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Psychedelic Resurgence

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This year’s first edition of The Journal of Psychoactive Drugs is a special issue dedicated to the resurgence of psychedelic research. In roughly five themes (LSD, MDMA , ayahuasca, cannabis, research issues and institutes) the journal provides a glance at past and present matters related to research and therapeutic uses of psychedelics.

The first article is a review of the past, present and future status of Lysergic Acid Diethylamide (LSD; Smith, Raswyck, & Dickerson Davidson, 2014). The article comprises a chronological overview of how the psychoactive properties of LSD have led to positive and negative appraisal of the substance in therapeutic research, for military purposes, and recreational use. The article finishes with an overview of contemporary research projects. Another LSD-centered article in the journal, is a qualitative study that retrospectively assesses the long-term experiences of Czech psychologists and psychiatrists that involved in self-experimentation with LSD in the 1950’s – 1970’s (Winkler & Csémy, 2014). The article also serves to present arguments for self-experimentation.

Two review papers are dedicated to address the pro’s and con’s of using MDMA in a therapeutic setting and research issues related to the “Ecstacy Paradigm” (Cole, 2014; Parrott, 2014). A consideration of how psychiatry and psychedelics can benefit from each other, is provided by dr. Ben Sessa (2014), who has been working on MDMA-assisted psychotherapy.

In a qualitative study, Loizaga-Velder and Verres (2014) explored the therapeutic effects of ritual ayahuasca use in the treatment of substance abuse. In line with other studies that yielded promising results in exploring the competence of psychedelics in treating addiction (Heffter Institute, 2012; Krupitsky et al., 2007), the main finding was that participation in ritual ayahuasca sessions facilitated substance dependence treatment.

In New-Mexico, the first state that authorized the use of medicinal cannabis for releasing symptoms of Post-Traumatic Stress Disorder (PTSD), Greer, Grob, and Halberstadt (2014) acquired retrospective data in order to portray the result of this law adjustment. The researchers tentatively conclude that cannabis is associated with PTSD reduction in some patients, and express the need for a study with an experimental design.

An inspiring contribution to this special issue, are two articles dedicated to the past and present of the Heffter Research Institute and the Multidisciplinary Association for Psychedelic Studies (MAPS; Emerson, Ponté, Jerome, & Doblin, 2014; Nichols, 2014). As the editor of the journal, Terry Chambers, expresses in the introduction: ‘…this issue of the Journal is not a comprehensive presentation of the activity of those attempting to understand the properties and uses of psychedelic drugs, but it is an indication of the serious and interesting research being done on this subject.’ The resurgence is happening, and we expect that Dutch scientists will follow soon.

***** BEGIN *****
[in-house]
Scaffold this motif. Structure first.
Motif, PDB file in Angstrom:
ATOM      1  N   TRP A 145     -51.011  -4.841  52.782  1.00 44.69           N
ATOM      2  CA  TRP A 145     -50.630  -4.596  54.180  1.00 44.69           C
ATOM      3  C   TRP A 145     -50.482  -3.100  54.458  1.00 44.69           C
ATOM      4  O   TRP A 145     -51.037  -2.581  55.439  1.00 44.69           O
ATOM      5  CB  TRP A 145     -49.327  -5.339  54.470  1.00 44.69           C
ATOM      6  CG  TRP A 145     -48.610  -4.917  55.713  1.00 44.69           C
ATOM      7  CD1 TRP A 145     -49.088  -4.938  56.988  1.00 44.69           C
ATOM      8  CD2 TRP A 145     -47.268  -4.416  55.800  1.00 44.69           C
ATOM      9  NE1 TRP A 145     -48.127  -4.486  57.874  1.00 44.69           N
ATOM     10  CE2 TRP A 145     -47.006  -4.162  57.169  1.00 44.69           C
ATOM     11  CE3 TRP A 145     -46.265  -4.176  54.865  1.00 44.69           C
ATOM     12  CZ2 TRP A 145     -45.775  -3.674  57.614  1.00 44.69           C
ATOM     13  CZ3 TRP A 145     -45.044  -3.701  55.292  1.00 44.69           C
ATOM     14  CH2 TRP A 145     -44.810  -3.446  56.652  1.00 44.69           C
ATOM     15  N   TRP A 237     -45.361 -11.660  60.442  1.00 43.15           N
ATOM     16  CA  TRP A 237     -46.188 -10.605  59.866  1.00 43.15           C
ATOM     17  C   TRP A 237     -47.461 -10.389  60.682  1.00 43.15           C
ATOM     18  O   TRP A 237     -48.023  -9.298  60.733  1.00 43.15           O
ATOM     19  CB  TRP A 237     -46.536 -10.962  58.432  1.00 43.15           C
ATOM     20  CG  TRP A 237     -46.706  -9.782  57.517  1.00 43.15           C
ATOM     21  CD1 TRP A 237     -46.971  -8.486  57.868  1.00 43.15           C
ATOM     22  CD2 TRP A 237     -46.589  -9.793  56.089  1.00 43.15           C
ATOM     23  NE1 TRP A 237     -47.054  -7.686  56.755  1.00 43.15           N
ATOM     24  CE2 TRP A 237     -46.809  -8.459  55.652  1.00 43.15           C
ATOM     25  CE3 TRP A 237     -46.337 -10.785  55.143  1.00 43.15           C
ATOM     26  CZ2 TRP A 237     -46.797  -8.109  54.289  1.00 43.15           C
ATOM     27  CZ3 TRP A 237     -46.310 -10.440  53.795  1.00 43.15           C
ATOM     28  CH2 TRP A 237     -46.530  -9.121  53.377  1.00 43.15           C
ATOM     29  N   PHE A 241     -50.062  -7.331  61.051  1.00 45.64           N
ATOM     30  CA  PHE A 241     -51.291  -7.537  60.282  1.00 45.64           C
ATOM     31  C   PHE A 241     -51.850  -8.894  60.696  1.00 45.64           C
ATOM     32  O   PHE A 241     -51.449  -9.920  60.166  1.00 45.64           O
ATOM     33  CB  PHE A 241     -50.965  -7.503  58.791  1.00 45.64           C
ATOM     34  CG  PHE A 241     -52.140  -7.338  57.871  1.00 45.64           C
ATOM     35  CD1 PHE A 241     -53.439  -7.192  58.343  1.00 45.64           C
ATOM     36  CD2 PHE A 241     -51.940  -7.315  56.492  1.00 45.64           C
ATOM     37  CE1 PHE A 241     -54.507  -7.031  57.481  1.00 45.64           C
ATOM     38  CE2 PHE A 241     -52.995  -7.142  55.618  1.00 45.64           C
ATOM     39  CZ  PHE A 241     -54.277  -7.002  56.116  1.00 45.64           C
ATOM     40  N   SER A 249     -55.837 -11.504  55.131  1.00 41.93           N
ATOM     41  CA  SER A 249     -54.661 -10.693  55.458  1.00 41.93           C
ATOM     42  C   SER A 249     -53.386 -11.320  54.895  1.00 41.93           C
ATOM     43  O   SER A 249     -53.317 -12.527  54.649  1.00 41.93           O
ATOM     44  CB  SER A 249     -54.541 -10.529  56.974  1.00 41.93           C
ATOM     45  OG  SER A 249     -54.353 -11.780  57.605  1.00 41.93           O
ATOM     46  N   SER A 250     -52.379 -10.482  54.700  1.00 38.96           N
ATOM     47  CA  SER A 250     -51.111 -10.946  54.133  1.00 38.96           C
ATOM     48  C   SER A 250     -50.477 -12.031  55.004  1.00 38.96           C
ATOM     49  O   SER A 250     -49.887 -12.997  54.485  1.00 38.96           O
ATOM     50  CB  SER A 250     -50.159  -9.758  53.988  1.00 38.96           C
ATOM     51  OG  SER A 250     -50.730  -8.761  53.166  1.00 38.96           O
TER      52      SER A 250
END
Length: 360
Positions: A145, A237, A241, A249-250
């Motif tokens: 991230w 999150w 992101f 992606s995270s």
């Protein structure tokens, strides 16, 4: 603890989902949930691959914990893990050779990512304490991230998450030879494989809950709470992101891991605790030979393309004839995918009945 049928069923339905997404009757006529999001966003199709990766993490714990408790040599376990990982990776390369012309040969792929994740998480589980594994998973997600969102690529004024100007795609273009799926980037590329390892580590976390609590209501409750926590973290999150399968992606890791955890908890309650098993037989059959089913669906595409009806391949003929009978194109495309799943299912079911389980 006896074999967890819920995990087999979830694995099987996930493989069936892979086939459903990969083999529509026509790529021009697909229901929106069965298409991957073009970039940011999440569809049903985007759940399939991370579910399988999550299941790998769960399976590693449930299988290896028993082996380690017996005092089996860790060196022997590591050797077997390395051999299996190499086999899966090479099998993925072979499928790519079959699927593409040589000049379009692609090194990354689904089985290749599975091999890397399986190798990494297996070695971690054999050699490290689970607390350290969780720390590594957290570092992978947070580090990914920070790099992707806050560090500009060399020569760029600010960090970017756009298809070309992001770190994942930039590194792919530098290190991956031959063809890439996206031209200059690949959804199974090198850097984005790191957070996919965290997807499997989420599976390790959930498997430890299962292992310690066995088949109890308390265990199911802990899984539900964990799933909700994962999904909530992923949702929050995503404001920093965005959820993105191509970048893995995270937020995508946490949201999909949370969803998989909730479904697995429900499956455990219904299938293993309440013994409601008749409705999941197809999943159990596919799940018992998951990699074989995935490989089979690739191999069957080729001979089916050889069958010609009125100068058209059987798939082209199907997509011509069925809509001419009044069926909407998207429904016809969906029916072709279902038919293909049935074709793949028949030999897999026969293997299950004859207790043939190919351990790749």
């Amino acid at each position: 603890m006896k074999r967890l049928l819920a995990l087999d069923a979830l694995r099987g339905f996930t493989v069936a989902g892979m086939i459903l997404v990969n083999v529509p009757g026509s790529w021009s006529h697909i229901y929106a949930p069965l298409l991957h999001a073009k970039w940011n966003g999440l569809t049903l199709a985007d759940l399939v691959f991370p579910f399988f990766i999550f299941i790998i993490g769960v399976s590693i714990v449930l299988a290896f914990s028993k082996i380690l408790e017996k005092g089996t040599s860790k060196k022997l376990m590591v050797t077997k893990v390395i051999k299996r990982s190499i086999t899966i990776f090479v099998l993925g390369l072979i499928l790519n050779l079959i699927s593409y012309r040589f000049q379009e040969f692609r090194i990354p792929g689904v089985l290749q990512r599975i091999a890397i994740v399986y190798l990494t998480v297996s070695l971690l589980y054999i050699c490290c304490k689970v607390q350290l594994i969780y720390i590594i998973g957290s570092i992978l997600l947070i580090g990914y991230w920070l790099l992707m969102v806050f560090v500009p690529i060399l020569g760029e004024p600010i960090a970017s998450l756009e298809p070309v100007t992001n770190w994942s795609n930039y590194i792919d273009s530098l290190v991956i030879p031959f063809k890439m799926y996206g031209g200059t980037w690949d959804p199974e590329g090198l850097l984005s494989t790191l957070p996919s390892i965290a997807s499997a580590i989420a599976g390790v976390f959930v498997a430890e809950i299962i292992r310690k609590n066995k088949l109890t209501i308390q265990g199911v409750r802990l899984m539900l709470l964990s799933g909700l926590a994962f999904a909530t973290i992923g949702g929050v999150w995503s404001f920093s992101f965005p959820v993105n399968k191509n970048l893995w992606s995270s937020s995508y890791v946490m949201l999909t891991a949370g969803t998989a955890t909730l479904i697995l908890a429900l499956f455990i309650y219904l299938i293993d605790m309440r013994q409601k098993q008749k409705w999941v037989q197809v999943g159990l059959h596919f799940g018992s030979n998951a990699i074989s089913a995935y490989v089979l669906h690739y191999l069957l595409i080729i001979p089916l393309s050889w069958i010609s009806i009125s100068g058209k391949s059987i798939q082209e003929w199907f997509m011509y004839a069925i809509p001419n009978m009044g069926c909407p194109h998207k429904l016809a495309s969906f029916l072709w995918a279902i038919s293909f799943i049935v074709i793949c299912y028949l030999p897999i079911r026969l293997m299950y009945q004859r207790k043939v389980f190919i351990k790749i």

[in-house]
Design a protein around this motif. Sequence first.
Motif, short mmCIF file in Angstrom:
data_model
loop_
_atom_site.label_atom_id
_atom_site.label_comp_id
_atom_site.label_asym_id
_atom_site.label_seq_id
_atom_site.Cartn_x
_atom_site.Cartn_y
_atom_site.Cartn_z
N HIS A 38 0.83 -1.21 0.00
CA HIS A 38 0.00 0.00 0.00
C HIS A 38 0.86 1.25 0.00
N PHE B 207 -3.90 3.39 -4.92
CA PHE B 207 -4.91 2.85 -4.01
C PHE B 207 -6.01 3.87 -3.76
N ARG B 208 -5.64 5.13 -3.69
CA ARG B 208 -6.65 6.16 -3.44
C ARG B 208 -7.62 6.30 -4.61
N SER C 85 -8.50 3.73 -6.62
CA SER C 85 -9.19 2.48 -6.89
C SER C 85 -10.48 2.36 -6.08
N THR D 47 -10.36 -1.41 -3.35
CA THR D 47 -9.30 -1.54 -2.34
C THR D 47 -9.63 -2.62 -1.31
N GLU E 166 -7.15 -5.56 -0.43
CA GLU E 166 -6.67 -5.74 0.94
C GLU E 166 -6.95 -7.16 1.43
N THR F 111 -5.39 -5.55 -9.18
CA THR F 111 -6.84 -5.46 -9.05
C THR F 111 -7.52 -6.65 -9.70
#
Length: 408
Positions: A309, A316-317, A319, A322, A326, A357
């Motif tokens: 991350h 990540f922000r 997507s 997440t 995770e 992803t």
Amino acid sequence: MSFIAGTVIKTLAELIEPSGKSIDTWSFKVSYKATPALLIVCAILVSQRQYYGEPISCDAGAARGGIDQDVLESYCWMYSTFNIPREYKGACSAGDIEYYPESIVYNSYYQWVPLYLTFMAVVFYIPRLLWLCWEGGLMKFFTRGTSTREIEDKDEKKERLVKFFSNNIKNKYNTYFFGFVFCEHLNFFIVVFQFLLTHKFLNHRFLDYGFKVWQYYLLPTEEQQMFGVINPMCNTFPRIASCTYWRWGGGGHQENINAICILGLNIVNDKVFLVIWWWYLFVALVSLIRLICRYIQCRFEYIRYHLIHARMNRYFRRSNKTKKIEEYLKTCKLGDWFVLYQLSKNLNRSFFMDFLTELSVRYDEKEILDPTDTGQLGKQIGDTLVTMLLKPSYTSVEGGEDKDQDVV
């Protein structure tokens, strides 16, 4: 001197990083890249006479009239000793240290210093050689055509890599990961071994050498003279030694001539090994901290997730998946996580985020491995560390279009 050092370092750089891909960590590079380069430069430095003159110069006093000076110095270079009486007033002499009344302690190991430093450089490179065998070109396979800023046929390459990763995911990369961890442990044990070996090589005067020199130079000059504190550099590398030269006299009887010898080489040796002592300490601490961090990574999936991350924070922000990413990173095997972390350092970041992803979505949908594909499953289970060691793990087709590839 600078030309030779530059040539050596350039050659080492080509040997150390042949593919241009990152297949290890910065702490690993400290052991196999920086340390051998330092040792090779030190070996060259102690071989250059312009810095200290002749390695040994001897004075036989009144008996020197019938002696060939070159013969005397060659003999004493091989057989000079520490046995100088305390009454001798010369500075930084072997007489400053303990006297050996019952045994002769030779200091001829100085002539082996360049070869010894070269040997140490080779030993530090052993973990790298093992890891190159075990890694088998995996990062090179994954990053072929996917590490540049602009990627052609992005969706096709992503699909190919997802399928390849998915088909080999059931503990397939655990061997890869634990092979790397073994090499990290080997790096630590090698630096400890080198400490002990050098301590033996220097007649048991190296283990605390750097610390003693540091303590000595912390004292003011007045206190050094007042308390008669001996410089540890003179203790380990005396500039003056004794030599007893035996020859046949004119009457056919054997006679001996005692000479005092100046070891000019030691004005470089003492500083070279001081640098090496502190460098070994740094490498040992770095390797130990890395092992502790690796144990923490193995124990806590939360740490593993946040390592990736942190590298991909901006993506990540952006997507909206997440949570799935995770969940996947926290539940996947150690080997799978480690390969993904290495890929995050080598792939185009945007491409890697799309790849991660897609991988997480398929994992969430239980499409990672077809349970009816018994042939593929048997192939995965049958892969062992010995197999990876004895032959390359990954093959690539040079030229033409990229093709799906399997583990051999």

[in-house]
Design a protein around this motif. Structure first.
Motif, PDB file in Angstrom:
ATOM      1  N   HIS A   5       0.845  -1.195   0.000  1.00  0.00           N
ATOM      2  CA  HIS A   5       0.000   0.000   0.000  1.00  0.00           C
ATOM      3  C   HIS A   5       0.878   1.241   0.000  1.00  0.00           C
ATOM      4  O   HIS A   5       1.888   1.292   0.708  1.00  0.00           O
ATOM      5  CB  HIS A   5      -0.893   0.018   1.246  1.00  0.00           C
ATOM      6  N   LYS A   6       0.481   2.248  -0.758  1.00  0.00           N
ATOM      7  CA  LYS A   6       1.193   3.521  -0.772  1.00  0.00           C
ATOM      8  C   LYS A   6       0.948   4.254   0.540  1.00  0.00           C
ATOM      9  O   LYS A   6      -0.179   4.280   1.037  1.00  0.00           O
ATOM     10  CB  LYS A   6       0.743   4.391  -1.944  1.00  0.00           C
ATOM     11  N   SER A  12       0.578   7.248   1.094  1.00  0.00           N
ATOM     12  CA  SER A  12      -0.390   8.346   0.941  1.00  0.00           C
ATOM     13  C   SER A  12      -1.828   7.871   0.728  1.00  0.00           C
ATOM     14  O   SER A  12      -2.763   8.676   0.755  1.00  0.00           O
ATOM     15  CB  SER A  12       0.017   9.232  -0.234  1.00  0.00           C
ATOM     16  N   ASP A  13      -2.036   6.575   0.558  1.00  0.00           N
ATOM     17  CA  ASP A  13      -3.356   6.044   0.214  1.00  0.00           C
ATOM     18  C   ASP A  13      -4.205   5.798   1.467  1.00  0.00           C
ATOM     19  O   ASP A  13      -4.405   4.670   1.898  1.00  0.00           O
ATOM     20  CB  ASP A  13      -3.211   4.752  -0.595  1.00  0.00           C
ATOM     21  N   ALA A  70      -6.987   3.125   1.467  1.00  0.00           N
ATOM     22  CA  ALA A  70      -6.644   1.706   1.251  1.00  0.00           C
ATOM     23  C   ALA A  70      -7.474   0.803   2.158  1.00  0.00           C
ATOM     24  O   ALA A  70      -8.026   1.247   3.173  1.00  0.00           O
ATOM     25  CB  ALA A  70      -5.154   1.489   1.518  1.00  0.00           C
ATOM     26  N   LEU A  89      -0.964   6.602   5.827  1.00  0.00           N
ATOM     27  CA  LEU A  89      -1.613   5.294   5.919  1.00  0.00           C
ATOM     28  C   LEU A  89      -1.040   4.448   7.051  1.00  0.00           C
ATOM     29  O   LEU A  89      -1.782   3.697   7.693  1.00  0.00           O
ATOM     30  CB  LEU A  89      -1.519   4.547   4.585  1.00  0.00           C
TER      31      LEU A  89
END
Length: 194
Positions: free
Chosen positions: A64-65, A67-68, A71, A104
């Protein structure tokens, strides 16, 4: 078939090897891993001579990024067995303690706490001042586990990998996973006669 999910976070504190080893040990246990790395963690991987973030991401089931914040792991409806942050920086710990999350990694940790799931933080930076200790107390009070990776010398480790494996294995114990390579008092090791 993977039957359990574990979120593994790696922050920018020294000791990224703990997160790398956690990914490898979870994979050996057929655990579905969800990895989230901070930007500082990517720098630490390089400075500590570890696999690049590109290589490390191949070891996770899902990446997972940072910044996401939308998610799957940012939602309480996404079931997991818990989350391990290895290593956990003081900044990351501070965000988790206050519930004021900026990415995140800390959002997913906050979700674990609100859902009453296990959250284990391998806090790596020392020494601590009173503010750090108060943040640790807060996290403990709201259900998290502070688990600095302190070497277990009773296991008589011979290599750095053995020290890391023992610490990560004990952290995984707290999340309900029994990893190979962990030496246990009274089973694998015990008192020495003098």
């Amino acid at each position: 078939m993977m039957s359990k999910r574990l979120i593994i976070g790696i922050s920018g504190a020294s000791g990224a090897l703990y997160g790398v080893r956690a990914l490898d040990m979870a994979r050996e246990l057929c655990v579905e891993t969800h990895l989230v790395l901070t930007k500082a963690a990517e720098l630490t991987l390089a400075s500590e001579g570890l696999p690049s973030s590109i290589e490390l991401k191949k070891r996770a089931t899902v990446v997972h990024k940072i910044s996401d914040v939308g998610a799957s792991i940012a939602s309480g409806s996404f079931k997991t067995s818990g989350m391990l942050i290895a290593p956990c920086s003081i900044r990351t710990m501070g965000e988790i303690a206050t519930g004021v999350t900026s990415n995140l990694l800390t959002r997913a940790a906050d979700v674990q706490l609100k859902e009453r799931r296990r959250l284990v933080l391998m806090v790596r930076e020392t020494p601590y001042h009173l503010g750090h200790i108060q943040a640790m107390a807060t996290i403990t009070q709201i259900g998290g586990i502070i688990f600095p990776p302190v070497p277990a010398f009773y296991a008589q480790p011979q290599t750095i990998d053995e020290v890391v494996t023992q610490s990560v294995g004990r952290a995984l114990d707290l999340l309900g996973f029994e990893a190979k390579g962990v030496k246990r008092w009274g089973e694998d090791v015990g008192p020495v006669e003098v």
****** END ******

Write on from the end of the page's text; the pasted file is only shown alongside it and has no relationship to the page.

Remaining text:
The journal is published online and the abstracts can be freely retrieved from our website.

Cole, J. C. (2014). MDMA and the “Ecstasy Paradigm.” Journal of Psychoactive Drugs, 46(1), 44–56. doi:10.1080/02791072.2014.878148
Emerson, A., Ponté, L., Jerome, L., & Doblin, R. (2014). History and Future of the Multidisciplinary Association for Psychedelic Studies (MAPS). Journal of Psychoactive Drugs, 46(1), 27–36. doi:10.1080/02791072.2014.877321
Greer, G. R., Grob, C. S., & Halberstadt, A. L. (2014). PTSD Symptom Reports of Patients Evaluated for the New Mexico Medical Cannabis Program. Journal of Psychoactive Drugs, 46(1), 73–77. doi:10.1080/02791072.2013.873843
Heffter Research Institute. 2012. Our Research. Available at: http://www.
Krupitsky, E. M., Burakov, A. M., Dunaevsky, I. V, Romanova, T. N., Slavina, T. Y., & Grinenko, A. Y. (2007). Single versus repeated sessions of ketamine-assisted psychotherapy for people with heroin dependence. Journal of Psychoactive Drugs, 39, 13–19. doi:10.1080/02791072.2007.10399860
Loizaga-Velder, A., & Verres, R. (2014). Therapeutic Effects of Ritual Ayahuasca Use in the Treatment of Substance Dependence—Qualitative Results. Journal of Psychoactive Drugs, 46(1), 63–72. doi:10.1080/02791072.2013.873157
Nichols, D. E. (2014). The Heffter Research Institute: Past and Hopeful Future. Journal of Psychoactive Drugs, 46(1), 20–26. doi:10.1080/02791072.2014.873688
Parrott, A. C. (2014). The Potential Dangers of Using MDMA for Psychotherapy. Journal of Psychoactive Drugs, 46(1), 37–43. doi:10.1080/02791072.2014.873690
Sessa, B. (2014). Why Psychiatry Needs Psychedelics and Psychedelics Need Psychiatry. Journal of Psychoactive Drugs, 46(1), 57–62. doi:10.1080/02791072.2014.877322
Smith, D. E., Raswyck, G. E., & Dickerson Davidson, L. (2014). From Hofmann to the Haight Ashbury, and into the Future: The Past and Potential of Lysergic Acid Diethlyamide. Journal of Psychoactive Drugs, 46(1), 3–10. doi:10.1080/02791072.2014.873684
Winkler, P., & Csémy, L. (2014). Self-Experimentations with Psychedelics Among Mental Health Professionals: LSD in the Former Czechoslovakia. Journal of Psychoactive Drugs, 46(1), 11–19. doi:10.1080/02791072.2013.873158

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